The question of suffering is one with which man has wrestled throughout history. Why does it happen? Is there any good to come from it? Luke 22:31-32 contains 3 truths to remember when facing trial and temptation.
- First, Satan means to destroy you. The word “ask” in the passage carries the sense of “demanding.” It brings to mind the scenes of Job 1:6-12 and 2:1-6 in which Satan demanded to test Job. And the sifting which he has in mind is not intended to strengthen but to destroy the faith of the apostles. We sometimes downplay the allure of temptation in this world as if we have mastered the flesh or perhaps we are simply above being affected by some things. Do not be deceived. The Devil wants to destroy you and leave you shattered on an ash heap of misery. No one is exempt (cf. 1 Cor. 10:12).
- Second, the Lord truly cares for you. Jesus said “Satan has asked for you,” plural, but singled our Peter in saying “But I have prayed for you,” singular. The Lord knew Peter better than Peter knew himself, and prayed for him to win the victory. Similar sentiments could be expressed about you and me. No, Jesus is not here in the flesh praying for us as He did for Peter, but He still cares and He is still on our side. He is our advocate (1 John 2:2) and our compassionate High Priest who sympathizes with us and through whom we may approach the throne of grace to find help when we need it (Heb. 4:14-16). Such an comforting truth should be always on our minds.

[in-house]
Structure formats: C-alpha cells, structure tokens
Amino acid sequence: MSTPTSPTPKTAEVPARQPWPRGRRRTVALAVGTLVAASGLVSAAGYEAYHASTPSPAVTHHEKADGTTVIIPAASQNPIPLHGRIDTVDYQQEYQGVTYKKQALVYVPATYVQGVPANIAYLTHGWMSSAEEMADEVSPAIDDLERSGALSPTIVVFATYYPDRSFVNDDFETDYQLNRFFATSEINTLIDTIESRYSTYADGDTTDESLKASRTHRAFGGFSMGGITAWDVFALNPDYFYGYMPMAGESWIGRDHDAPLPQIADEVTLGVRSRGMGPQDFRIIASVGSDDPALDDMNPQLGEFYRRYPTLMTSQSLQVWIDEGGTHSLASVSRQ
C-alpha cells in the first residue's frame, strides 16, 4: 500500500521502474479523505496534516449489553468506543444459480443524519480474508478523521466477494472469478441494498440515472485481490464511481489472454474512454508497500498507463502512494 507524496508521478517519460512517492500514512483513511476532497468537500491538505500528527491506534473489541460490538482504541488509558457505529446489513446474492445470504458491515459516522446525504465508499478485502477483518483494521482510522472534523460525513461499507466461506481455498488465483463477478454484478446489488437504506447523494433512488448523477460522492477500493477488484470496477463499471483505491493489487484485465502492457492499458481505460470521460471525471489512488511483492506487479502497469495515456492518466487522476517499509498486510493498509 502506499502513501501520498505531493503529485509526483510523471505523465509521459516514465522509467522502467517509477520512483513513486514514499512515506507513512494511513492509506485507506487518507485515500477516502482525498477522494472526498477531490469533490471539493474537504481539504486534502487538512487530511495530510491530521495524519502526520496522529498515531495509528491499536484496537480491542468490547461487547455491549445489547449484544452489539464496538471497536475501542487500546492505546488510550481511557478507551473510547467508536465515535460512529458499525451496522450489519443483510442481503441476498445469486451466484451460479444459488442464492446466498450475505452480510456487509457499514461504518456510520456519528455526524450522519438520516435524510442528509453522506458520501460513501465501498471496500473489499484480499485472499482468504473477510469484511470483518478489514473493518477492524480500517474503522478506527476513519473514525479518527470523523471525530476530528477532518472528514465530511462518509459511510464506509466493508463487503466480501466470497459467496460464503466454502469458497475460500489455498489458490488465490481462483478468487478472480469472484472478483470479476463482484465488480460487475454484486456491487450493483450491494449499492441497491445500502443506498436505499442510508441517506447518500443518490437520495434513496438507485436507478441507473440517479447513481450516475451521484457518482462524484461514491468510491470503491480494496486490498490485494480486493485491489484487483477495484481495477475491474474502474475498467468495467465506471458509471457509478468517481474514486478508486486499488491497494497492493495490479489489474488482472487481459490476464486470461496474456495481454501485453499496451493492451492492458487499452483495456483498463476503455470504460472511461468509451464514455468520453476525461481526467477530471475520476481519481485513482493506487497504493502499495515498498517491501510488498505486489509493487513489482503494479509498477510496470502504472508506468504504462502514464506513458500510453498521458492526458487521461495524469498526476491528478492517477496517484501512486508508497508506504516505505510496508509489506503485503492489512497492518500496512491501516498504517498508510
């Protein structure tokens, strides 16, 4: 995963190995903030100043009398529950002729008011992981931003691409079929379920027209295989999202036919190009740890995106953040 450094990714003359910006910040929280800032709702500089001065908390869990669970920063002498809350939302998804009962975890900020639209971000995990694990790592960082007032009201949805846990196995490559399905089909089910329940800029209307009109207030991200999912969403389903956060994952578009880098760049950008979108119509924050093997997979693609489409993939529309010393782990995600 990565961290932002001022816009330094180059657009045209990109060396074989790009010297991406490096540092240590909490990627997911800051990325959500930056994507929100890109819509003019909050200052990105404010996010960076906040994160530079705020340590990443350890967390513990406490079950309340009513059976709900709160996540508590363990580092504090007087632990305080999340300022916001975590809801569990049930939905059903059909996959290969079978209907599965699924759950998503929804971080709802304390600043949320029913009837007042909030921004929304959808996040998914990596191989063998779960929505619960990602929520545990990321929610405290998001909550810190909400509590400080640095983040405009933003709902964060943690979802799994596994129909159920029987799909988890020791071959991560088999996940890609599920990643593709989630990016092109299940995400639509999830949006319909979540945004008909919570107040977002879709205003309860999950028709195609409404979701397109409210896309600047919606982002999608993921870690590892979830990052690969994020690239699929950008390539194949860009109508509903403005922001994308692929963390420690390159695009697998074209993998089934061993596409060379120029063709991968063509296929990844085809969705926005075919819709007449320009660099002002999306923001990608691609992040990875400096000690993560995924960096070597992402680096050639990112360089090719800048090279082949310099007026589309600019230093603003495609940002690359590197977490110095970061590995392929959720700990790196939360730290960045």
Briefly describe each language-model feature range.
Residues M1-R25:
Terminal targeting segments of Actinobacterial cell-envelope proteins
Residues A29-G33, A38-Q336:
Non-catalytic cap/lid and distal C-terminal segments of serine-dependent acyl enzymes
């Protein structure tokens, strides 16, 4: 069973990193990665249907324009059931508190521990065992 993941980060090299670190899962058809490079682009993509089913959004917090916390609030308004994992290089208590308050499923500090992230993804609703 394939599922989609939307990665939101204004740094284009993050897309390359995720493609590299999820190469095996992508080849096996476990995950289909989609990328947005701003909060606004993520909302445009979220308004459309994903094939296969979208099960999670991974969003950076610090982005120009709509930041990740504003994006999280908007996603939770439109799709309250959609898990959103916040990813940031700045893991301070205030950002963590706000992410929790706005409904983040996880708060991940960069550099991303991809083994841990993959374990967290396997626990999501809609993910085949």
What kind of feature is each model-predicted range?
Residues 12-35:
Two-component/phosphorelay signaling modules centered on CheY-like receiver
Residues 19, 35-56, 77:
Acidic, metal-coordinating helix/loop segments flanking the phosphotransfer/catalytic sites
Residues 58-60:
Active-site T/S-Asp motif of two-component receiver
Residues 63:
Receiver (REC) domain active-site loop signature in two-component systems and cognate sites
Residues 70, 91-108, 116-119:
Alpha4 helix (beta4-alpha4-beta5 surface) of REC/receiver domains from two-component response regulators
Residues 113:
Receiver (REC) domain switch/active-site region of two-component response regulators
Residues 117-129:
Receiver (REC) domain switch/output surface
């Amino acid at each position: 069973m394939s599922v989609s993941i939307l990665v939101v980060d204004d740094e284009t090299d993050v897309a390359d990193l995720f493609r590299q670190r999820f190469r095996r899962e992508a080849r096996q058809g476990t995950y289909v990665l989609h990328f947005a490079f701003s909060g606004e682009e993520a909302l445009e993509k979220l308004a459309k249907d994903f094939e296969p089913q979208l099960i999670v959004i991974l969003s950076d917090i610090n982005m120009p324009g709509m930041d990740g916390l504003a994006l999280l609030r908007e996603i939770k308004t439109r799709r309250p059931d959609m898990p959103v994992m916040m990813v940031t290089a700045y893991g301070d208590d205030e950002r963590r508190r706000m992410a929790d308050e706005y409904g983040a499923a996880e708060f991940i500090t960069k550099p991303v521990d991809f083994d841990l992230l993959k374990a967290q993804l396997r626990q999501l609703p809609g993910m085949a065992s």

- Third, trial is not necessarily a bad thing. Satan desired to sift Peter which, in this context, means that he sought to destroy him. But the image of sifting can also refer to separating the good from the bad, as in separating the wheat from the chaff. James said “count it all joy when you fall into various trials” (Jas. 1:2) and “Blessed is the man who endures temptation” (Jas. 1:12). We tend to see only the bad in struggling and suffering without ever considering what good may come from it.